Japanese complaints about growing incidents of Russian warplanes flying close to Japanese air space have left Russian officials perplexed. The Russian aircraft are flying more training missions in the Pacific and there is a lot of Japanese airspace off the east coast of Eurasia, so Russian warplanes out there cannot avoid passing close to Japanese air defense radars. In the last six months Japanese fighters have been sent aloft an average of once a day to check out approaching Russian warplanes. But on two days Russian aircraft were detected briefly entering Japanese air space. Earlier this year two Su-27s did so and in August two Tu-95s did the same. These two incidents were the first time since 2008 that Russian aircraft actually entered Japanese air space. Japanese officials are alarmed.
Russia treats Japanese complaints respectfully and explains the difficulty its long-range aircraft have avoiding Japanese air space as they head for and return from the Pacific. Fighters also have little in the way of international air space between Russia and Japan. At the same time Russia has been negotiating closer military and diplomatic cooperation with Japan for dealing with North Korea, which both countries see as a potential threat. While Russian “probes” (according to the Japanese) of Japanese air space are up, Russia is making an effort to explain and justify themselves.
Meanwhile, the Japanese Air Force is having far more trouble dealing with a growing number of Chinese aircraft snooping around. In the last year Japanese aircraft have gone up over 300 times to confront Chinese aircraft coming too close to Japanese air space. This was the first time Chinese intrusions exceeded Russian ones. In 2011, nearly 43 percent of the time the sorties were for Chinese aircraft. That's almost three times as many Chinese intrusions as in 2010. Meanwhile, Russian intrusions have been declining. In 2011, Russia still accounted for 52 percent of the intrusions, and in the last year Chinese intrusions were 23 percent more frequent than the Russian ones.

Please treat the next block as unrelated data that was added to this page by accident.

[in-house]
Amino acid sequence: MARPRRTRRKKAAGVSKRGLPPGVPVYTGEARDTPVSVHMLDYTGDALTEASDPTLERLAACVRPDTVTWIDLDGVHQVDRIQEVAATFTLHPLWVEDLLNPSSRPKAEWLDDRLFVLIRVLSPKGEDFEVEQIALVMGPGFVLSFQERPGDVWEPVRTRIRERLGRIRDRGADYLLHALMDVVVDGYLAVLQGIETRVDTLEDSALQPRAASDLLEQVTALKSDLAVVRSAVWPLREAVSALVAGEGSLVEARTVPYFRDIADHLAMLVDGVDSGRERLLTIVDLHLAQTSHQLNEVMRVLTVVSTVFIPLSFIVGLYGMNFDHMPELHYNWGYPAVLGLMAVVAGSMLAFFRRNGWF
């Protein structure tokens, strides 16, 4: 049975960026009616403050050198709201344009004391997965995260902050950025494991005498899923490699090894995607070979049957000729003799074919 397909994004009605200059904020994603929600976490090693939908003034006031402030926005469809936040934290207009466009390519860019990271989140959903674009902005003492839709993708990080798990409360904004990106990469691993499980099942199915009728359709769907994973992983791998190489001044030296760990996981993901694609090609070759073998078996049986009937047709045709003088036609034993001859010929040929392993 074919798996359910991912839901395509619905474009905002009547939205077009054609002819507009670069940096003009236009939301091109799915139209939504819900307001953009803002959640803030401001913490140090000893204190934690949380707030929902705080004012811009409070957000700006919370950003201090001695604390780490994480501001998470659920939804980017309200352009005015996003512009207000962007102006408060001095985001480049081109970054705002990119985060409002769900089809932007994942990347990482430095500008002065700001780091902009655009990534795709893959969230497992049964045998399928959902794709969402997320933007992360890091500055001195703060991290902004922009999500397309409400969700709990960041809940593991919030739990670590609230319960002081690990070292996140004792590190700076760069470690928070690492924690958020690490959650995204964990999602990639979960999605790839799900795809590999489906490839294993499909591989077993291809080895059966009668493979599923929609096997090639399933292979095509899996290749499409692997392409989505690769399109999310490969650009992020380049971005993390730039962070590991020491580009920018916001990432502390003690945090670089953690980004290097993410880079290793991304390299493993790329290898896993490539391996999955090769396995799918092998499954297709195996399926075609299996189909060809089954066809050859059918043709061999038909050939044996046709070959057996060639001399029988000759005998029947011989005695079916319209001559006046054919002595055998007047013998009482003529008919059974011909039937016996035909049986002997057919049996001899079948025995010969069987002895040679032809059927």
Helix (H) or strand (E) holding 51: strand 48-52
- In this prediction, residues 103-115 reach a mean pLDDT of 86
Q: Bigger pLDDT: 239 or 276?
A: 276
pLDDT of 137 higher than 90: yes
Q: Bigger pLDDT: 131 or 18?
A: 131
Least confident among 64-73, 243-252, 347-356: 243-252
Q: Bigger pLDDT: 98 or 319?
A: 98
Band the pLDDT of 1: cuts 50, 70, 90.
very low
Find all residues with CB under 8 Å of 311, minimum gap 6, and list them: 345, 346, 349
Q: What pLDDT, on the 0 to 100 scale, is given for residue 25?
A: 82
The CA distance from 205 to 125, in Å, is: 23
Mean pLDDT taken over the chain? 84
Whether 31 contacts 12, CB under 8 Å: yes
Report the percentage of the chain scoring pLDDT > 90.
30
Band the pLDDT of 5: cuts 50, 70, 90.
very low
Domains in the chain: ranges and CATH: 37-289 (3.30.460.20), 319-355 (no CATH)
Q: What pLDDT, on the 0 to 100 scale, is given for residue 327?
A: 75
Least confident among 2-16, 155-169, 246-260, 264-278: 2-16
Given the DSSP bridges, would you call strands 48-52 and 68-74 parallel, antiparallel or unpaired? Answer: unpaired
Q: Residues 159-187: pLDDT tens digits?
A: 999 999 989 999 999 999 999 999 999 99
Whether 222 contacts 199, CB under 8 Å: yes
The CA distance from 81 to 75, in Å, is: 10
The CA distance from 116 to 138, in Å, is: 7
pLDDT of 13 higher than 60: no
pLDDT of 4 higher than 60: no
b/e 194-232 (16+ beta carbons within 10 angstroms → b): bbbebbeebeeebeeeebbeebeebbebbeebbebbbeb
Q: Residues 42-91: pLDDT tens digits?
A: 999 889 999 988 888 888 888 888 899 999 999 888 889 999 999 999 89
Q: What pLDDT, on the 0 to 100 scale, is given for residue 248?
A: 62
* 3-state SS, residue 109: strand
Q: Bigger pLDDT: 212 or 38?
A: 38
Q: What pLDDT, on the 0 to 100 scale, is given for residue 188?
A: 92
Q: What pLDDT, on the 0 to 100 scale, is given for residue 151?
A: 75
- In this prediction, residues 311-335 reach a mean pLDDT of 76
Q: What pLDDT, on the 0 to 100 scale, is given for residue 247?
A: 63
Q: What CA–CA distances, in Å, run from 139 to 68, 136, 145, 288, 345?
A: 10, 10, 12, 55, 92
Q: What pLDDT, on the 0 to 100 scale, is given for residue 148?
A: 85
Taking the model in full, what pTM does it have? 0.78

The Japanese believe that one cause for this shift is more electronic and maritime patrol aircraft available to the Chinese and a desire to gather as much information as possible about the strongest potential foe in the area. But the main reason is the dispute with China over the Senkaku Islands near Okinawa. China and Japan both claim these uninhabited islets, which are 320 kilometers southeast of the Chinese mainland, 167 kilometers northeast of Taiwan, and 426 kilometers southwest of Japan's Okinawa and have a total area of 6.3 square kilometers. Taiwan also claims the Senkakus, which were discovered by Chinese fishermen in the 16th century and taken over by Japan in 1879. They are valuable now because of the 380 kilometer economic zone nations can claim in their coastal waters. This includes fishing and possible underwater oil and gas fields.
In 2011, the 355 Japanese anti-intrusion sorties were up 17 percent over the previous year, while in 2010, sorties were up 29 percent. Now they are up again. All this should be measured against Cold War activity, which peaked in 1984 at 944 interception sorties. After the Cold War ended in 1991 (when there were 488 sorties), the number of intrusions fell through the 1990s, but in the last decade the number has increased.
These intrusions have been increasing sharply over the last five years. Early on the Japanese launched many aircraft for each intrusion. For example, in 2008, a Russian Tu-95 entered Japanese airspace, near an uninhabited island about 600 kilometers south of Tokyo. Although the Russian aircraft was in Japanese airspace for only about three minutes the Japanese launched 22 aircraft to intercept. This force included two AWACs aircraft and twenty fighters. No Russian aircraft entered Japanese airspace without permission again until 2013, and the Russians apologized for that. But as the intrusions increased, the number of interceptors sent out for each incident decreased.